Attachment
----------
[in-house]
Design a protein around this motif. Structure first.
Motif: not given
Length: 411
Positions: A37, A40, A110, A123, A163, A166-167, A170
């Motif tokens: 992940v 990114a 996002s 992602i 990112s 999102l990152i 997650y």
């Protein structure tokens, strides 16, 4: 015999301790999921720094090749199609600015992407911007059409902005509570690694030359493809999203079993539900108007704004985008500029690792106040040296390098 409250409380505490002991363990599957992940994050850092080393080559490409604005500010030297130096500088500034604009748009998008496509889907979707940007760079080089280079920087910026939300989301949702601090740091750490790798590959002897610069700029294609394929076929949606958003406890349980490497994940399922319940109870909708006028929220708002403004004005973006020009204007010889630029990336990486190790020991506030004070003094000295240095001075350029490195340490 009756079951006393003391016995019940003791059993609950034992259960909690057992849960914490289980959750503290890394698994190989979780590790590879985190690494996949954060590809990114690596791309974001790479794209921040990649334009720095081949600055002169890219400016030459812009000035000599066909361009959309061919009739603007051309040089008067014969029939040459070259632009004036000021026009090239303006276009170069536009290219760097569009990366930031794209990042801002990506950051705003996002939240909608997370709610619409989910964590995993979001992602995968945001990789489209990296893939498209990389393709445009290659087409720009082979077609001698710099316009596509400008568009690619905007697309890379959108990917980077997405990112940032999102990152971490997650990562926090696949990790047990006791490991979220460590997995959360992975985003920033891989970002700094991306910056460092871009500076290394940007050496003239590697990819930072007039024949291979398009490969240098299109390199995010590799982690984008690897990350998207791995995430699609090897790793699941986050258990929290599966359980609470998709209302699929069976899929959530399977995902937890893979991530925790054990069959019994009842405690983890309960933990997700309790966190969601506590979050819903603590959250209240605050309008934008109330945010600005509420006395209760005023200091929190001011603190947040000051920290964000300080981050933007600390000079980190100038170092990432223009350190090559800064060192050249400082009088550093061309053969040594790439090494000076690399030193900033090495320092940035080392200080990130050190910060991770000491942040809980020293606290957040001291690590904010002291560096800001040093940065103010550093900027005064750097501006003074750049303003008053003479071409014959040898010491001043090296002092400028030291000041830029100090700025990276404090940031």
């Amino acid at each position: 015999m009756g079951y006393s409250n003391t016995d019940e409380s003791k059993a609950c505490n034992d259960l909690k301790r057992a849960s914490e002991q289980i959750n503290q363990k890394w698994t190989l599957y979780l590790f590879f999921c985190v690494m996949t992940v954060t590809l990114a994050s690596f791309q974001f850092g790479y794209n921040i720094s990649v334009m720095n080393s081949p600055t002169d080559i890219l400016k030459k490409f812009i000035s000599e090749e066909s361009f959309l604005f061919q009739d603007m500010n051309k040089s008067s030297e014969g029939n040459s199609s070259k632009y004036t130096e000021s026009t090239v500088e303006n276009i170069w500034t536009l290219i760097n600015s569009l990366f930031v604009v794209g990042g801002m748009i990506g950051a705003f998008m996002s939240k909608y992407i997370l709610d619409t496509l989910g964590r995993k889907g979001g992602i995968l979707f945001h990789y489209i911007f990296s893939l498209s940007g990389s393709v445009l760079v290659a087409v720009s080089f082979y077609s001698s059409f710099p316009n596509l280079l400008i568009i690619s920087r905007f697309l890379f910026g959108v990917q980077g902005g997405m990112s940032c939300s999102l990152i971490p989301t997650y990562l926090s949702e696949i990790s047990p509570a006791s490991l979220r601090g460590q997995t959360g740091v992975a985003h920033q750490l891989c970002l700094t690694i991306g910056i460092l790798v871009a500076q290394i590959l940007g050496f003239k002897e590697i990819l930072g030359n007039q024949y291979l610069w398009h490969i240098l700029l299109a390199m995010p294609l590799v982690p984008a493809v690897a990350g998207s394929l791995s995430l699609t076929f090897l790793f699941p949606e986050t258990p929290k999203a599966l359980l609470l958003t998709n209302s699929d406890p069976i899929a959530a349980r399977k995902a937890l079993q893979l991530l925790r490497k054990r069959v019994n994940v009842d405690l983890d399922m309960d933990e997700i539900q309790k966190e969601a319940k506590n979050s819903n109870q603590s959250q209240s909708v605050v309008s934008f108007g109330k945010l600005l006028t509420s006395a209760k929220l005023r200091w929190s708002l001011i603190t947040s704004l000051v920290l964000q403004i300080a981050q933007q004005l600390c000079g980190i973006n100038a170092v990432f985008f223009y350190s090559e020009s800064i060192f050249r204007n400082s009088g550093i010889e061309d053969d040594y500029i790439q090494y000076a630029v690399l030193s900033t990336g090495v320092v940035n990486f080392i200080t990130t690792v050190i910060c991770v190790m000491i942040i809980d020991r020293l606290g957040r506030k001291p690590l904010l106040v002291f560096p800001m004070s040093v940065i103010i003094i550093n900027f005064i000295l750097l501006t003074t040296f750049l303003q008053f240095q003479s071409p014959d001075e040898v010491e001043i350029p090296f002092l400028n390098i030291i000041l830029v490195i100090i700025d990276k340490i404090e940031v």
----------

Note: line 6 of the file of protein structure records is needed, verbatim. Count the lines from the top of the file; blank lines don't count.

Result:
């Motif tokens: 992940v 990114a 996002s 992602i 990112s 999102l990152i 997650y």